If you have a cat, you’ll know they are very territorial animals who develop close attachments to their home environment. So moving house with a cat will be a major upheaval for your feline friend. Here are some tips on how to make moving house an easier experience for everyone in your household.
Moving house with a cat will work better if you are prepared. But don’t be surprised if the packing and preparations are confusing or troubling for your pet. “The first time I moved, Nancy got really upset by everything being packed up,” says Anne, an experienced cat owner who has moved house, and brought her cat Nancy along, several times now.
Do: Take your pet’s anxiety seriously. “You can get products like Feliway and Zylkene which help them with stress – we had a really good capsule which you open up and tip on their food, which helped Nancy.”
Moving day will bring intimidating and alarming changes for most cats, who will feel stressed and uneasy about all the upheaval. From the intrusion of removal men to the disappearance of the contents of the home, it’s a scary time for your cat, who will need to be treated with sensitivity.
Do: Secure your cat in a safe room that will remain shut while the removal men are packing up the van. Make sure it contains all their creature comforts so that they feel as calm as possible.
Don’t: Put your cat in the removal van, or the boot of a car. Felines don’t always take kindly to being cooped up in carriers, but this is the safest way for them to travel.
Do: Consider putting your cat in a cattery if you feel that moving day will be too stressful for your pet.
Moving house with a cat will require a lot of reassurance on your part, to let them know they are safe. When your cat arrives at your new home, they’ll need time to grow accustomed to the strange new environment.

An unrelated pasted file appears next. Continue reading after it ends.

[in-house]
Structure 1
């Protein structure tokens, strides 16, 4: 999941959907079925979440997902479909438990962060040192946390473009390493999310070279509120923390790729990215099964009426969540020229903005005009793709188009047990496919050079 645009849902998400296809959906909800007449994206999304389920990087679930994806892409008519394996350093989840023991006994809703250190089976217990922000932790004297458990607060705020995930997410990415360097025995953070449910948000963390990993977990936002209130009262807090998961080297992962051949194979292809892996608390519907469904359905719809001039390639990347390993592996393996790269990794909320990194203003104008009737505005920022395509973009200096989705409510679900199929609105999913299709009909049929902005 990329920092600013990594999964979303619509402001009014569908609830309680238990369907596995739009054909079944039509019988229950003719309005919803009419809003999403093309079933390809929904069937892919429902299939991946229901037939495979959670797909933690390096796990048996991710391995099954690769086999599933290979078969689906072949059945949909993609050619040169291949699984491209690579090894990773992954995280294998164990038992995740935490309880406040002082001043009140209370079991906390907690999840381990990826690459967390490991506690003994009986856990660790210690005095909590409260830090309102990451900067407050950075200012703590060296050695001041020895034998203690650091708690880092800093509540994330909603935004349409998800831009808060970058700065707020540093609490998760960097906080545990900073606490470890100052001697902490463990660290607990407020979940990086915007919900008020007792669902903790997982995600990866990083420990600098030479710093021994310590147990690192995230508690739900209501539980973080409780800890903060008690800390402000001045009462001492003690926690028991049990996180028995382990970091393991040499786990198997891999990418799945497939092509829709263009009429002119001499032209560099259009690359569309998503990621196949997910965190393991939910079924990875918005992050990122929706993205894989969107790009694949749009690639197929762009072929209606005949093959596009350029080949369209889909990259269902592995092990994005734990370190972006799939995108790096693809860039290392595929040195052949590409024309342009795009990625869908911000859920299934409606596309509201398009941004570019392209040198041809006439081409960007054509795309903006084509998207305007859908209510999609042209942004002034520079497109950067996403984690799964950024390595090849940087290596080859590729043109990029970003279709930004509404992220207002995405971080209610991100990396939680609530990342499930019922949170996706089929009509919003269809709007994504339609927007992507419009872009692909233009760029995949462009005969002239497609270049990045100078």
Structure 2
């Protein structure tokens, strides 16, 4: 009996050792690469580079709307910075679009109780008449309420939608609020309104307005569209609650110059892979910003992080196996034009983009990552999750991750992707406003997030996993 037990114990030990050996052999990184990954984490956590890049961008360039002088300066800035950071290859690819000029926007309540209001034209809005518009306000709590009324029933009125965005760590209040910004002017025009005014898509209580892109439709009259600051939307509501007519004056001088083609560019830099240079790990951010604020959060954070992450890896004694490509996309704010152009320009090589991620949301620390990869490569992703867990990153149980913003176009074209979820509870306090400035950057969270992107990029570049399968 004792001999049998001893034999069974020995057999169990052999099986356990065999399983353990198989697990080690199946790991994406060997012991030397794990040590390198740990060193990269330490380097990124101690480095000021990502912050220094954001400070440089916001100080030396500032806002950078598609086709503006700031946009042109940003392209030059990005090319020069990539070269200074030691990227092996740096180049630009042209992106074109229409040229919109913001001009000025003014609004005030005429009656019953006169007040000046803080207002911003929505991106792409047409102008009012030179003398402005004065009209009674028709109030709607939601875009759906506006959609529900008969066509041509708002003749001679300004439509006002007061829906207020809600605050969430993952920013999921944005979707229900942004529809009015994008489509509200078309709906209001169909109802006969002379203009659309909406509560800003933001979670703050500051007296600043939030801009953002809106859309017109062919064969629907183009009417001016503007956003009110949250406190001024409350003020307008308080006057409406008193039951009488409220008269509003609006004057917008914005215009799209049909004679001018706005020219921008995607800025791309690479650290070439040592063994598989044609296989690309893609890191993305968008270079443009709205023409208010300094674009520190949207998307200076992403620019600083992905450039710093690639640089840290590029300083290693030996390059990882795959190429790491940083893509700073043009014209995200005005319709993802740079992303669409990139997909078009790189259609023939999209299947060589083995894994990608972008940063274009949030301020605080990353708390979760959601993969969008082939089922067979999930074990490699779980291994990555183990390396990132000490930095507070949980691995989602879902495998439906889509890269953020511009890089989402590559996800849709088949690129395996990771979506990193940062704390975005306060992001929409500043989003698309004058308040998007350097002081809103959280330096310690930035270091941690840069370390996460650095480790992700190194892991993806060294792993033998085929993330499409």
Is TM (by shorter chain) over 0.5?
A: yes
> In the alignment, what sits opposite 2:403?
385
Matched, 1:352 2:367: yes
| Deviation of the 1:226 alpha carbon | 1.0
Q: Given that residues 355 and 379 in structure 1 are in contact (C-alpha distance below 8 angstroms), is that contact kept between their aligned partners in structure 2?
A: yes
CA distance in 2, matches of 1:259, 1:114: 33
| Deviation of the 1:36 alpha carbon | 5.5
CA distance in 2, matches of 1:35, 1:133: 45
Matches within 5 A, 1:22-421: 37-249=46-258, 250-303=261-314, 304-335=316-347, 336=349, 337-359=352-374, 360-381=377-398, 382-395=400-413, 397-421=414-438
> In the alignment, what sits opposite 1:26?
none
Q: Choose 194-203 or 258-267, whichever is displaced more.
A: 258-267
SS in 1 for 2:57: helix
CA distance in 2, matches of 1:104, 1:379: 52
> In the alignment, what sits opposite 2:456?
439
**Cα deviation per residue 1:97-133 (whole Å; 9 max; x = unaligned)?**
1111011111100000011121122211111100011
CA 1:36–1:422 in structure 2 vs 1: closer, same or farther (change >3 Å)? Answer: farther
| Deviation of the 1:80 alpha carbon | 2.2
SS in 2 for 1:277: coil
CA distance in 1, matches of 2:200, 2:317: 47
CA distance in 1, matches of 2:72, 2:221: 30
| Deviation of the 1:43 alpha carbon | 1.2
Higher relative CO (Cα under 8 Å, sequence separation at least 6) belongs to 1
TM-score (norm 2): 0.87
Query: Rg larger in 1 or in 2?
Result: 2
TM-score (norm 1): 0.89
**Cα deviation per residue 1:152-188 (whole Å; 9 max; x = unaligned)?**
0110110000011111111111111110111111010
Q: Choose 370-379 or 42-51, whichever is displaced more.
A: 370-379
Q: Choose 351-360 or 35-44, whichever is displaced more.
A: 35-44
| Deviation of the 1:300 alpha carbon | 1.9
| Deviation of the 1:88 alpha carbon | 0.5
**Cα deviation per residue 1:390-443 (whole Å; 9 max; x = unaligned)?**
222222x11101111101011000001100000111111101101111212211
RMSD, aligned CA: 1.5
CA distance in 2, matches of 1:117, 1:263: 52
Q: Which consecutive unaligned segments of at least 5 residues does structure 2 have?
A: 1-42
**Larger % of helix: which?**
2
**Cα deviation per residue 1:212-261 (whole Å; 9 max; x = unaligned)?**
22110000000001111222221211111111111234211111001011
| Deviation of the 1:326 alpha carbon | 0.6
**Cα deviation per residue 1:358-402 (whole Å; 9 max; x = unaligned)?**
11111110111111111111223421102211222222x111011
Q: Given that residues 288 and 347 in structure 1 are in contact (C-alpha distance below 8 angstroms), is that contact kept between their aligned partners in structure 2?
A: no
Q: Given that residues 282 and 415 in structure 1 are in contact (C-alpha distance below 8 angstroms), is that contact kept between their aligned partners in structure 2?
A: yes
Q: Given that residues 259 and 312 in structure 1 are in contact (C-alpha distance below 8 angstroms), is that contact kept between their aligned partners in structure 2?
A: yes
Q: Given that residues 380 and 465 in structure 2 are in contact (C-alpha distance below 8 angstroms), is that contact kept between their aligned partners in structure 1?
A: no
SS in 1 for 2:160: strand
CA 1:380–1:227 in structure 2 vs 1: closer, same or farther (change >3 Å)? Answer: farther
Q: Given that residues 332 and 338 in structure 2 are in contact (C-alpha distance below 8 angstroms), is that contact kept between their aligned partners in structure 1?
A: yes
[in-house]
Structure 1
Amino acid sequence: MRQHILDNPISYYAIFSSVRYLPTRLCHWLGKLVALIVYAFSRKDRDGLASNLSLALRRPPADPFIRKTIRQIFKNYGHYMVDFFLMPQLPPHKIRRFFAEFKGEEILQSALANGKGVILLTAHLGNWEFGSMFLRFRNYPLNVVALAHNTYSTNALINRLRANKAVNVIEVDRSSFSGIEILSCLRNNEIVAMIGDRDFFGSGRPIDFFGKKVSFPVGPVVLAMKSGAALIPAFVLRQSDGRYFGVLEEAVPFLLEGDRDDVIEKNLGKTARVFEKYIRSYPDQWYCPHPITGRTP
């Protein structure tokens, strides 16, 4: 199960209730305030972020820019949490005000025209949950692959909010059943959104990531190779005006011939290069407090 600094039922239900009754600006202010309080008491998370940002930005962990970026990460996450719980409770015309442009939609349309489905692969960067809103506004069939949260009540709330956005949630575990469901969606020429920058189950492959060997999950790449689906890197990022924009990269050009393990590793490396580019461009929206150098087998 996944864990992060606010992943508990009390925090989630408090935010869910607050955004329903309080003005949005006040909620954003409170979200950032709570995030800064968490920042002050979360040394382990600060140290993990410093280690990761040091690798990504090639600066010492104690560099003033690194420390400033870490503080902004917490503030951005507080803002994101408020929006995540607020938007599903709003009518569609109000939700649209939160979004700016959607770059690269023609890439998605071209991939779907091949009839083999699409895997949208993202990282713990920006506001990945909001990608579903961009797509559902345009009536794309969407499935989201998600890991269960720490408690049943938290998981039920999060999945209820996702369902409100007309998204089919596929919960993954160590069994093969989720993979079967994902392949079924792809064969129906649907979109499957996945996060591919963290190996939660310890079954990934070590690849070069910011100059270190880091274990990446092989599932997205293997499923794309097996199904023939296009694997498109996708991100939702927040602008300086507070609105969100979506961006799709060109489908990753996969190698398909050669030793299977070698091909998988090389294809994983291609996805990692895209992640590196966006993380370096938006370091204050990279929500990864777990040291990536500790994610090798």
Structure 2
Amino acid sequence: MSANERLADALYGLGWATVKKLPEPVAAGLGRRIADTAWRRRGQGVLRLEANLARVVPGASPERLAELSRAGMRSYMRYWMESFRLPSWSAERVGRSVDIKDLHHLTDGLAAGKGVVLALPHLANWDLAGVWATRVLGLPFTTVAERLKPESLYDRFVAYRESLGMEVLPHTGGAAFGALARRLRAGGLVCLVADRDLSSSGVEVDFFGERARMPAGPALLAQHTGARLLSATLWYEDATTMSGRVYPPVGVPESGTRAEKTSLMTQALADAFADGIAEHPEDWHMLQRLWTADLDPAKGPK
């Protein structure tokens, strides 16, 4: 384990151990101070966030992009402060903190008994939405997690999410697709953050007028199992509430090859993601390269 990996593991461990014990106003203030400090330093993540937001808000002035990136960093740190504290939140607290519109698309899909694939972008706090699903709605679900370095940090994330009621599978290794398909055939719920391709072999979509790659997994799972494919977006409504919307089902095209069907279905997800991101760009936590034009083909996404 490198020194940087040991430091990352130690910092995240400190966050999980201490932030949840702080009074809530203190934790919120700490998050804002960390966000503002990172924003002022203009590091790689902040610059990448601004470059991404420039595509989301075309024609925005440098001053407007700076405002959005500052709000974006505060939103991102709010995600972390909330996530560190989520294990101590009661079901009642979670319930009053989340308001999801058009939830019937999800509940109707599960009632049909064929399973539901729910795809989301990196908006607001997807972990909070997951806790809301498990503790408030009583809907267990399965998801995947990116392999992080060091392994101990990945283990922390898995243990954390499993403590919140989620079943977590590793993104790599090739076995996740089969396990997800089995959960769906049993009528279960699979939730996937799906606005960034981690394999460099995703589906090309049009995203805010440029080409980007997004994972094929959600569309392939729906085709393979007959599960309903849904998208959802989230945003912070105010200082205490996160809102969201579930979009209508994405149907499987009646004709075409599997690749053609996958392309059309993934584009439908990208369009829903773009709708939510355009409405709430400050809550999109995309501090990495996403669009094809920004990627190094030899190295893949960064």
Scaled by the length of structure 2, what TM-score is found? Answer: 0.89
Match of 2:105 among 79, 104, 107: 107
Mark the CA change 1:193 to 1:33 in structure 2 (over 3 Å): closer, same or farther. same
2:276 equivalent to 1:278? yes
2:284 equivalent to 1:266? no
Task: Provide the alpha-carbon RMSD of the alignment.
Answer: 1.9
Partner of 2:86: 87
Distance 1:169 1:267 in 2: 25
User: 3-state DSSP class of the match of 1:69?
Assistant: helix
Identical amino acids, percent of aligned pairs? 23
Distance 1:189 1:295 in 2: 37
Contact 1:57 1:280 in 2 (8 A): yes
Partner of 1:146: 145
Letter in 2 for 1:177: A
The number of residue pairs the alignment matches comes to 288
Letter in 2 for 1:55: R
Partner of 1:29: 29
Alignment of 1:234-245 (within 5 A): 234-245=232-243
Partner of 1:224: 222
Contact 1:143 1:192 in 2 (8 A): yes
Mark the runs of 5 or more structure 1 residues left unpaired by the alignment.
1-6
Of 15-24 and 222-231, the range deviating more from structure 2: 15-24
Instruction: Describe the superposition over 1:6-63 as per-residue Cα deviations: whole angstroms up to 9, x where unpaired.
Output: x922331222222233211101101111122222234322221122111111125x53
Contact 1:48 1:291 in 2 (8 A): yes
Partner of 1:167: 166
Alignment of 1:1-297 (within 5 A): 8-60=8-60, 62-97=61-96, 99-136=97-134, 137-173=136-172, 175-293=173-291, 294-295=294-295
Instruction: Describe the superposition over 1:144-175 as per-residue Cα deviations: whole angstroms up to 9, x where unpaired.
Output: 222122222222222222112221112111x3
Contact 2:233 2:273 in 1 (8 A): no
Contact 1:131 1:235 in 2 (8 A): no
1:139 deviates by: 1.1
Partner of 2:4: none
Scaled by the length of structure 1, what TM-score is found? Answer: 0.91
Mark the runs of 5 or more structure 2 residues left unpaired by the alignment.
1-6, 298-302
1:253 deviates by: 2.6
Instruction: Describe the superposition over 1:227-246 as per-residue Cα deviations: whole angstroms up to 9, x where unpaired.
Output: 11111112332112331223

Do: Make the new house as welcoming as you can by giving it a familiar and reassuring scent. Help them to feel at home in their new territory by rubbing a soft cloth on their face and then wiping this on items of furniture and other objects in the house. This mimics the cat’s instinctive behaviour of rubbing their scent on items they come into contact with and will help them to understand that this is now “home”.
Don’t: Let your cat out straight away, as they may try to escape. They will need time to get their bearings and get used to the new set-up before exploring beyond the confines of the house. The Blue Cross recommends keeping cats indoors for a fortnight or longer.
Settling in to the new home environment may not always be straightforward, and some cats may attempt to return to the familiarity of their old house and garden.
Do: Ensure that your cat has a collar to identify them, and take other precautions, such as microchipping, just in case your cat goes missing.
Don’t: Encourage your cat by ‘rewarding’ them for returning to the old house. The new occupants (or old neighbours) may inadvertently reinforce this behaviour by offering a welcome and/or food, but this is counterproductive – it may be worth warning them what’s going on so that they know not to offer food.
So, there you have it. The do’s and don’ts to make moving house with a cat as easy and stress-free as possible for everyone involved.